speaker in some way. They tend to focus on

the feelings behind the message.

NON-CONFORMIST

These listeners look critically at the speaker and

message. They evaluate and look for

inconsistencies and problems.

To be most effective, use a balance of several of these styles. Work on developing a balance in your listening styles.

Points for Good Listening

Most people listen carefully only a small percentage of the time. It is pretty discouraging to realize that most of the time we are not hearing others and they are not listening to us. By recognizing good listening habits we can become better listeners. (Overhead H and Handout #4)

Stop talking! You cannot listen if you are talking. Do you believe it is more important to talk than to listen? Although speaking has advantages, realize listening can also pay off. Being a good listener is a way to help others and to learn valuable information. Listening is an excellent way to gain the respect of friends.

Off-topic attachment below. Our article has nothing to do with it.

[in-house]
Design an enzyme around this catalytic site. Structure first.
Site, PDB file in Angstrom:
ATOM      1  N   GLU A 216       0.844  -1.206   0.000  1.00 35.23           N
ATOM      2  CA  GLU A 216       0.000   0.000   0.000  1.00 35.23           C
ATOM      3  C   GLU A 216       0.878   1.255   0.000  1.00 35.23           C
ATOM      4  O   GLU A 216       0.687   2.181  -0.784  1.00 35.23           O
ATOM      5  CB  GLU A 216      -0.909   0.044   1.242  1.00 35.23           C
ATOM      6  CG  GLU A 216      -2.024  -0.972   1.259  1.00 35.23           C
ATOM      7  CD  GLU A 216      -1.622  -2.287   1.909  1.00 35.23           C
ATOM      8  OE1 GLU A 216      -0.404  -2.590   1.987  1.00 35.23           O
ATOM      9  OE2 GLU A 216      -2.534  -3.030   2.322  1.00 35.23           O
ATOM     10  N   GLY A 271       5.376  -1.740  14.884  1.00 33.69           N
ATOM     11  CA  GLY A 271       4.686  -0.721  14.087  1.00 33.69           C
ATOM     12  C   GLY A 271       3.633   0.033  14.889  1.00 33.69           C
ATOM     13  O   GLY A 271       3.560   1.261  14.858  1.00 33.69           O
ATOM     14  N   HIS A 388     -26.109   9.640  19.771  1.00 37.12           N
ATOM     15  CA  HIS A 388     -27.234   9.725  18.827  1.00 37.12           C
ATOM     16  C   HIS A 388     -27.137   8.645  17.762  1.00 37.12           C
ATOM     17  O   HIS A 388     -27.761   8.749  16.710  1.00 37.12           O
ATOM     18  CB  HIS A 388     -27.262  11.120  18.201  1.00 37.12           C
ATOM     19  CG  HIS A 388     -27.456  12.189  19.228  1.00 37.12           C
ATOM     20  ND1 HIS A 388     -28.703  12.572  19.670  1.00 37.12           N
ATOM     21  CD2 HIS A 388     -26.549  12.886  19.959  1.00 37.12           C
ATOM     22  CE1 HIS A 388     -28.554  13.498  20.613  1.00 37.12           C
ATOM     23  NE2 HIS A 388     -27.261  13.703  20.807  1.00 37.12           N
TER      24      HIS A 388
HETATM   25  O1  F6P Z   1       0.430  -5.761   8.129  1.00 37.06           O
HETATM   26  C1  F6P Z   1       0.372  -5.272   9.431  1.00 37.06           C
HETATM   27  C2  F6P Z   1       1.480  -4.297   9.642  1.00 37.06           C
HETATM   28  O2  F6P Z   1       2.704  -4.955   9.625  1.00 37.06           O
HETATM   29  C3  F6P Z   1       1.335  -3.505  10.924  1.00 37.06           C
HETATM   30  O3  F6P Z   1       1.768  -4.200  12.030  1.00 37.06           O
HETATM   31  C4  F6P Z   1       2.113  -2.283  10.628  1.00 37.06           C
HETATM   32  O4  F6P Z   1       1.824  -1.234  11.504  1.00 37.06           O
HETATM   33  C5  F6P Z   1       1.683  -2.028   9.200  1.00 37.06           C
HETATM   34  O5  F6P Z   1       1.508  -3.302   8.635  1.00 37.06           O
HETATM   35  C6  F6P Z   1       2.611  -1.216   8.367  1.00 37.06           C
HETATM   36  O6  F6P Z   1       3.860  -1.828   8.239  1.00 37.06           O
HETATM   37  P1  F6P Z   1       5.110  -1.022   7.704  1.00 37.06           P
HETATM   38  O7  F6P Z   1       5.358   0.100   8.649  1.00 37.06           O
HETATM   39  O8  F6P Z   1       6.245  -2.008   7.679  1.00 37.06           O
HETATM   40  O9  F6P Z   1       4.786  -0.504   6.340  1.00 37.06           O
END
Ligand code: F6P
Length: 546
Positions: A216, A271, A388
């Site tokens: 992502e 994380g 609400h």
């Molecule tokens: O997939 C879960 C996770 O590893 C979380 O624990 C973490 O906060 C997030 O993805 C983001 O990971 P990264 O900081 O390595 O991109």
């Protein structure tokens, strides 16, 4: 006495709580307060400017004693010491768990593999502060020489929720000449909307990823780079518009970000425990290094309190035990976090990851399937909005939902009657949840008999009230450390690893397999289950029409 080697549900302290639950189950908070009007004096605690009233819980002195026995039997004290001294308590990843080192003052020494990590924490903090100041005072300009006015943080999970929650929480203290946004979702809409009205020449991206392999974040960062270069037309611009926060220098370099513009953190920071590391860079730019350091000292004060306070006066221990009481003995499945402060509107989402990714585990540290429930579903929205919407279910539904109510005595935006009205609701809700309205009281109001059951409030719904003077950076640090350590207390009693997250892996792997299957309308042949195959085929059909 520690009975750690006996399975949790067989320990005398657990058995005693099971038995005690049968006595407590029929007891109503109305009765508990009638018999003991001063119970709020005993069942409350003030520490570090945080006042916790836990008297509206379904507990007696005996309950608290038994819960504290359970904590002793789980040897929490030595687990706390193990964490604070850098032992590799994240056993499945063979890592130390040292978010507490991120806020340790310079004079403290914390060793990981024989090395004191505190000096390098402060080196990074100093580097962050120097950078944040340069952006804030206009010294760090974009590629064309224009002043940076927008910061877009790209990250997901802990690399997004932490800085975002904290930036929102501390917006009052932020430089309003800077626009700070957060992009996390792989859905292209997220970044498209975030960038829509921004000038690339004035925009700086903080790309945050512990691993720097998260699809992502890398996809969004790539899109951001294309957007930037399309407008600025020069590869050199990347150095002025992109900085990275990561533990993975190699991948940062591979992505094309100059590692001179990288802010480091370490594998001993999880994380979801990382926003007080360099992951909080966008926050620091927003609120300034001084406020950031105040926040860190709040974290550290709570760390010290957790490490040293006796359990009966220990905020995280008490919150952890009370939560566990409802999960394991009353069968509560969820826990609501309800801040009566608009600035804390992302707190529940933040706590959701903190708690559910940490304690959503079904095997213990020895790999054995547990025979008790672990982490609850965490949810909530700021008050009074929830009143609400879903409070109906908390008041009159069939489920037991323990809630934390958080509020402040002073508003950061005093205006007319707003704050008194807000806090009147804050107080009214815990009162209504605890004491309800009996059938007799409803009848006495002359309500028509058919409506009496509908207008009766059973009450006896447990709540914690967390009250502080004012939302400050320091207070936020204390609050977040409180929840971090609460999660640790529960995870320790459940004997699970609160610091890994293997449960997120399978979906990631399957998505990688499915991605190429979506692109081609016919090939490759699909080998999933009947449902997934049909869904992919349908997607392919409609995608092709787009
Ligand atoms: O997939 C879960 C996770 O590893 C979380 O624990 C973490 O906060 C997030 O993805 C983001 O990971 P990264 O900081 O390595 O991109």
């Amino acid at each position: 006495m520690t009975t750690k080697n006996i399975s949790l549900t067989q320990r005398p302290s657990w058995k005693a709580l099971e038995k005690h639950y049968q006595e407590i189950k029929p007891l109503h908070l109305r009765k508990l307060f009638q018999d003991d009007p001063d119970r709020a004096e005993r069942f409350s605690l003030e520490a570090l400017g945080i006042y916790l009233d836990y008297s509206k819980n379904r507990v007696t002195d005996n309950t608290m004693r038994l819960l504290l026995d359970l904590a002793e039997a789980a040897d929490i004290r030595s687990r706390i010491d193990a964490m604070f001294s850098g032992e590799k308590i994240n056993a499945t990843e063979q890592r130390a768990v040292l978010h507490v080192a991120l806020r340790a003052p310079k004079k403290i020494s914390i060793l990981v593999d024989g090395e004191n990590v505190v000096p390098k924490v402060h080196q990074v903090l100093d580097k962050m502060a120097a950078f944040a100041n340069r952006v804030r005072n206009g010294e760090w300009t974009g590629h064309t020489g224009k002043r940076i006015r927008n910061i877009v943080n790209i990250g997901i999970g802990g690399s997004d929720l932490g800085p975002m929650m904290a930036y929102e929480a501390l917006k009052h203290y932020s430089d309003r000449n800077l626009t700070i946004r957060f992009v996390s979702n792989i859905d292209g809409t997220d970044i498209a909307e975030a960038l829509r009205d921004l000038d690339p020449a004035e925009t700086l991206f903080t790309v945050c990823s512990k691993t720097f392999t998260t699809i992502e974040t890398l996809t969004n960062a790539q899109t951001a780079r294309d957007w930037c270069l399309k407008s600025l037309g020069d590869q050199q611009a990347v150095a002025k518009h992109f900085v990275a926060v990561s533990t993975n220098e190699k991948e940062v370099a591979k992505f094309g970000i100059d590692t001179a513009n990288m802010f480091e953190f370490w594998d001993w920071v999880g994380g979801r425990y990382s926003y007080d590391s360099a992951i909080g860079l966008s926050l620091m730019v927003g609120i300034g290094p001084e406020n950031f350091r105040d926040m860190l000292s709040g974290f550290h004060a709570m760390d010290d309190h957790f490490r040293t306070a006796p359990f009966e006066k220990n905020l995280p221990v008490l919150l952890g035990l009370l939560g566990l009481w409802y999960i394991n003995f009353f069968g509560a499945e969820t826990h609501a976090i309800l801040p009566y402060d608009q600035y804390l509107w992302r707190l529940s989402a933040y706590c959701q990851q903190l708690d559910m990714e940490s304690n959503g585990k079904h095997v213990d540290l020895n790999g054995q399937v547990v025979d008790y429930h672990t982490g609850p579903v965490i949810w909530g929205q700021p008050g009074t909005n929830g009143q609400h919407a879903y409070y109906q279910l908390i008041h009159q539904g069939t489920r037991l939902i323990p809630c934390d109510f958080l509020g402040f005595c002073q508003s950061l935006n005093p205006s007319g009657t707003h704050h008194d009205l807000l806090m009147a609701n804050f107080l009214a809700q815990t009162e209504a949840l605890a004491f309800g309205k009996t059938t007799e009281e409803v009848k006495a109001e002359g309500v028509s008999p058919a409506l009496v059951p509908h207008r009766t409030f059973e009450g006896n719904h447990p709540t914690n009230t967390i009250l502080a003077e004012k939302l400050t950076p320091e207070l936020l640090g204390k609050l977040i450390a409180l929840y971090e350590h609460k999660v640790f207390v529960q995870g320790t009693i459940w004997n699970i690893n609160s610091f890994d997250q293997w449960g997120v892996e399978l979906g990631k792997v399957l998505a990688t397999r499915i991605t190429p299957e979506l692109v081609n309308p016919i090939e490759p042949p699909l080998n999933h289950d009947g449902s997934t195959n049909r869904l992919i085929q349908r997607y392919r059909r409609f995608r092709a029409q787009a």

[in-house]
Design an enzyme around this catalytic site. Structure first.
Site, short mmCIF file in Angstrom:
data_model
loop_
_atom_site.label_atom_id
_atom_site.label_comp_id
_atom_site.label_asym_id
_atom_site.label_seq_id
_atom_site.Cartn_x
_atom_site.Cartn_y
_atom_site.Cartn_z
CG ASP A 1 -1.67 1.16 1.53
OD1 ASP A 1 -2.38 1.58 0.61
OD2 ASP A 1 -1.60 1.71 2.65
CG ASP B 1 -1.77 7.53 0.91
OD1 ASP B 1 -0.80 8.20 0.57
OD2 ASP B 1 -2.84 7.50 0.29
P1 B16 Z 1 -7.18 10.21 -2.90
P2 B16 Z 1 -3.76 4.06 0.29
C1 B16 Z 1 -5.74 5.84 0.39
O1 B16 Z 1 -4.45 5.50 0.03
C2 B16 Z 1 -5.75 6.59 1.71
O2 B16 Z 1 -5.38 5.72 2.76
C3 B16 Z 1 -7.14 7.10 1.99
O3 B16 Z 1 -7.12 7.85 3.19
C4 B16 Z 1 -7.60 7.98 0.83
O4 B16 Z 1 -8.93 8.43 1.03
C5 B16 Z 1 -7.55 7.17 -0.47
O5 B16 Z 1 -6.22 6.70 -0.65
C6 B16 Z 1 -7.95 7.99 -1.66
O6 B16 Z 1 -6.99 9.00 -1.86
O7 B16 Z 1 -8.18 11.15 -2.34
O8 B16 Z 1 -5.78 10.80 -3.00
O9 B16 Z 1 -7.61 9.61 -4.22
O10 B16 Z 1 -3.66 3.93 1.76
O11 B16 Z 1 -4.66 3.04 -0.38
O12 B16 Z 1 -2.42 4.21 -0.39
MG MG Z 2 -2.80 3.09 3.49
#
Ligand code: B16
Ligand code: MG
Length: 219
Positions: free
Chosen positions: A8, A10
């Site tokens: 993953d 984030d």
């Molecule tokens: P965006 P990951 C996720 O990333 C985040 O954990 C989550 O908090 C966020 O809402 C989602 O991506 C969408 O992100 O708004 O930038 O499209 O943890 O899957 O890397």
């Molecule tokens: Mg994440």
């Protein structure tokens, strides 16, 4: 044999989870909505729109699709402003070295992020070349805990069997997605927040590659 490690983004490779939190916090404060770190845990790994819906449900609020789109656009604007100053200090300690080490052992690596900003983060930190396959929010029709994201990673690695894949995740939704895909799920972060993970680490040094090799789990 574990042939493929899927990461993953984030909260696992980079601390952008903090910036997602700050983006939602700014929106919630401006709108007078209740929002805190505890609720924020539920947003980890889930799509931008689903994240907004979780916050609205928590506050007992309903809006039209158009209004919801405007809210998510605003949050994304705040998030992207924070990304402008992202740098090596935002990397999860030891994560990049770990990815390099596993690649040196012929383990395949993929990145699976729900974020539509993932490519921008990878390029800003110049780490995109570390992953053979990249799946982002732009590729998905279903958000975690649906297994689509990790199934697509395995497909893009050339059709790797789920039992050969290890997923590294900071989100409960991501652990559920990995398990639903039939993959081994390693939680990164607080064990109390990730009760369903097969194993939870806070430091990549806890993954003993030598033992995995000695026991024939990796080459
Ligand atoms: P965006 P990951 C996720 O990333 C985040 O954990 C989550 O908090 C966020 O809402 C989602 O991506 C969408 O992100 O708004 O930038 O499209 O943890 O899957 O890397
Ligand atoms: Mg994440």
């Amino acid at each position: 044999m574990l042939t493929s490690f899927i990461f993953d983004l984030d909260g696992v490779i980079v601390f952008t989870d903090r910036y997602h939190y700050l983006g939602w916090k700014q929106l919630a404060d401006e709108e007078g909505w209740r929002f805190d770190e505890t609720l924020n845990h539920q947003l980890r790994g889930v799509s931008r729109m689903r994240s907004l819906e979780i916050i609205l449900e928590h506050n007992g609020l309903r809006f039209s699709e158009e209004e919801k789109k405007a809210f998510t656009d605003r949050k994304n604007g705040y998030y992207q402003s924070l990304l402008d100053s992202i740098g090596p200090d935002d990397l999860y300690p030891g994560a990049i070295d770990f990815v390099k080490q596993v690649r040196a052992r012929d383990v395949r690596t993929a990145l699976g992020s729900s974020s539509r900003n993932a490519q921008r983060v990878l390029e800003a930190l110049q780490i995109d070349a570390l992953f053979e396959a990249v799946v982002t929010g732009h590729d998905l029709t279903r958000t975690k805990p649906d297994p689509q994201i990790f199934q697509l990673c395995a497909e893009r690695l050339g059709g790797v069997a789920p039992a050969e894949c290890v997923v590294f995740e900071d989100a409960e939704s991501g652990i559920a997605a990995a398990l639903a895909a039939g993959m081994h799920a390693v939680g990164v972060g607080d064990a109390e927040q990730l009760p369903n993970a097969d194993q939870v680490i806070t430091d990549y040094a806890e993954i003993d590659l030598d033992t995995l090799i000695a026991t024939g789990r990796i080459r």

Concentrate on the speaker We think at a speed of 600 words per minute and speak at 100-140 words per minute. Our minds tend to wander while we are trying to listen. Concentrate on the ideas the speaker is presenting and look for relationships between the ideas. Don't assume you know what the speaker is going to say.

Put the speaker at ease Give the speaker nonverbal clues that you are listening--such as eye contact, a smile or a nod of the head.

Remove distractions Do not try to listen and watch television or read a book at the same time. Look and act interested.